By Carl Hulse New York Times, May 16, 2019
WASHINGTON — While House Democratic women celebrated one of their best elections ever last November, Republican women lamented one of their worst.
A solitary new female Republican representative was triumphant compared with 35 freshman Democrats, many of whom arrived with a considerable splash. Female Republican membership in the House declined by 10 to a total of just 13 compared with 89 Democrats. The Republican side of the House chamber became a sea of men.
“It was a rough election,” Senator Joni Ernst, Republican of Iowa, said at a recent press luncheon organized by Winning for Women, one of the emerging organizations focused on electing Republican women. Ms. Ernst saw two male House Republican colleagues from her home state ousted by two Democratic female challengers.
Still reeling from a monumental step backward — one in no small part because of women’s antipathy to President Trump — Republican women are trying to seize the first opportunity they have to begin righting their political ship in a special election in eastern North Carolina.
Advocacy groups and female lawmakers desperate to elect more Republican women to the House are rallying behind Joan Perry, a pediatrician and political novice who in late April finished second among 17 candidates to advance to a July runoff with Greg Murphy. He is a state lawmaker who is also a physician. The winner of the fall general election will succeed Walter B. Jones Jr., the longtime congressman who died in February, in a district that solidly favors Republicans.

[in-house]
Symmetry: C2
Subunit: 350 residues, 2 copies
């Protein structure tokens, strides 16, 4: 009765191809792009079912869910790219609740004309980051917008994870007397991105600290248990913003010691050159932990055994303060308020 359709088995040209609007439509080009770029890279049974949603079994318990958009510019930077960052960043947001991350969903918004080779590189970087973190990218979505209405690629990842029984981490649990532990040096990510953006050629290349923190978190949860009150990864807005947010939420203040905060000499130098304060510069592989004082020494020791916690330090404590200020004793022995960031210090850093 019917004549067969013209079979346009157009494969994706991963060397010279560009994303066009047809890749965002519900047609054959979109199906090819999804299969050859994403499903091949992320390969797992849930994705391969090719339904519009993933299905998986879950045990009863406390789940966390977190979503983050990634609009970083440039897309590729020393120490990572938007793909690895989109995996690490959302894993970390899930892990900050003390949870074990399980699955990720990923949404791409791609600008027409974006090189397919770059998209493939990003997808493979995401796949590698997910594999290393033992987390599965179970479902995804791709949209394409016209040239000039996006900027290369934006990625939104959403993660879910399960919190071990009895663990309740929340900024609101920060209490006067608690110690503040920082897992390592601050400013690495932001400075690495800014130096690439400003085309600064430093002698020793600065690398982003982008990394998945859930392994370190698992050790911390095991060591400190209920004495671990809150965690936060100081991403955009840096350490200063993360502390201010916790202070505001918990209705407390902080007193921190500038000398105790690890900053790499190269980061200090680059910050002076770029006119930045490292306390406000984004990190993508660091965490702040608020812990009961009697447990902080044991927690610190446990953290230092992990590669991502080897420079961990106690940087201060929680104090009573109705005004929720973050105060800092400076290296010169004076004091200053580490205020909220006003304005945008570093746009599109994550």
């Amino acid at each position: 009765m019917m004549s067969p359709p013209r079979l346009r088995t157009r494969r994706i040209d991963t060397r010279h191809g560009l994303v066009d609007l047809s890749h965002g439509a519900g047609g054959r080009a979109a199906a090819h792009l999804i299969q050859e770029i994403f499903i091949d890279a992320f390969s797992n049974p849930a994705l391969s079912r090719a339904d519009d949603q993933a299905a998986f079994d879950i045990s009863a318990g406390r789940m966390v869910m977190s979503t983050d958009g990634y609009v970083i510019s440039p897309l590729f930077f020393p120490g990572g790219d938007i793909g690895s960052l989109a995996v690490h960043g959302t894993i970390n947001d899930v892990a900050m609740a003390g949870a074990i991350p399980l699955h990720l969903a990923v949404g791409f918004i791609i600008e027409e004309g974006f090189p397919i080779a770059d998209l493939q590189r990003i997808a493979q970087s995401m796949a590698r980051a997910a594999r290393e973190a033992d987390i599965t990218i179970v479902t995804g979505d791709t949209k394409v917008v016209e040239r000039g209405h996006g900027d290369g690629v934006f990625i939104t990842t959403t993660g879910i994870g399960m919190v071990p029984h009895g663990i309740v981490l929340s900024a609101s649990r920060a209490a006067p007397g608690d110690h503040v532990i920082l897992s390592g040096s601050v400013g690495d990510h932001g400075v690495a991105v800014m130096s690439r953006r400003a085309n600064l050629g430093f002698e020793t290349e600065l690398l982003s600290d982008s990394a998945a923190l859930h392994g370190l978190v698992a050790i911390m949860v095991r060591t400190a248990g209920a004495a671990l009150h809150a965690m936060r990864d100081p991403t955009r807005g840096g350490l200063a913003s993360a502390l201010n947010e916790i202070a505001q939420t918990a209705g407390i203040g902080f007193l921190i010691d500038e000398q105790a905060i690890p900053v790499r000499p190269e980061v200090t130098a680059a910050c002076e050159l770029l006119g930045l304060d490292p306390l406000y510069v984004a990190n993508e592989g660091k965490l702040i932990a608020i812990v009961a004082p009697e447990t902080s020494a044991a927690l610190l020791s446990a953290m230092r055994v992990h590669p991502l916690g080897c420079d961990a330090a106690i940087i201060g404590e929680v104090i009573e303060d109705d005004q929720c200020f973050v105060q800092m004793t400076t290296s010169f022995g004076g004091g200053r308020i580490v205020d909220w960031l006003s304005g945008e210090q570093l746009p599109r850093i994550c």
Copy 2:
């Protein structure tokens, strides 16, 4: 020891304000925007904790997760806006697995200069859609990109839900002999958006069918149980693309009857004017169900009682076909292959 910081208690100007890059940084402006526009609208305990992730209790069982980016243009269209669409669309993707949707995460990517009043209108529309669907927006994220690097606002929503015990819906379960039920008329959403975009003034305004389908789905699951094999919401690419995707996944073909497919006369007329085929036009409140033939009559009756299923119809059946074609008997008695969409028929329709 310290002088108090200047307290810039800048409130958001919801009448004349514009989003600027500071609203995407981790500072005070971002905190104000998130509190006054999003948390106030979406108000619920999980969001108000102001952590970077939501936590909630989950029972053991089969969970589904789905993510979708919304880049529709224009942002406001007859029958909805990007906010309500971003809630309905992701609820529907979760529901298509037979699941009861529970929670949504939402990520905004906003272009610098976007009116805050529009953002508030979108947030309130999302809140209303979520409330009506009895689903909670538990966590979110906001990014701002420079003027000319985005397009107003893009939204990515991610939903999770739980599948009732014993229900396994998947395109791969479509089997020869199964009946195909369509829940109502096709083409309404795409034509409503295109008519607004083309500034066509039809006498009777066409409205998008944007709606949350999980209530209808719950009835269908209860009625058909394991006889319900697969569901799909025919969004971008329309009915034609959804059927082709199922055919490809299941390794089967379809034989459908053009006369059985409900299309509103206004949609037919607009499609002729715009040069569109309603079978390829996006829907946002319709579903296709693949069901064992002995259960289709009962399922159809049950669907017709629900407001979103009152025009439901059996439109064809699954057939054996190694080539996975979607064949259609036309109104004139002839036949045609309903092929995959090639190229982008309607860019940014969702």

The political arm of Winning for Women, WFW Action Fund, pumped slightly more than $200,000 into an independent expenditure that included TV and radio ads along with mailings on behalf of Dr. Perry in the first vote. It is likely to weigh in again with significant help before the runoff. In addition, Women Speak Out PAC, the political partner of the anti-abortion Susan B. Anthony List spent more than $75,000 on voter contact in support of Dr. Perry.
In the aftermath of the 2018 wipeout, those backing her say they are determined to demonstrate that their party is not just for men.
“Republicans have historically had a problem electing and appealing to women; we don’t even need to look beyond the midterms to see that,” said Olivia Perez-Cubas, a spokeswoman for WFW Action Fund. “Part of why we exist is to prove that this party is bigger than a party of old white men. But to get there, we need to make sure we’re doing a better job of giving women the resources they need to win.”
It is not going to be easy to reverse the trend. The 2018 midterm elections showed a steep drop in Republican support among suburban women — typically a core group for the party. The electoral environment was bad enough that one group that advocates more moderate female Republican candidates encouraged those considering a 2018 race to defer, fearing they would be defeated and give up on politics when they could be successful in a different election cycle.
A representative of Emily’s List, the 34-year-old organization dedicated to identifying and endorsing Democratic women who support abortion rights, welcomed the effort by Republicans to elect more women to the still male-dominated Congress.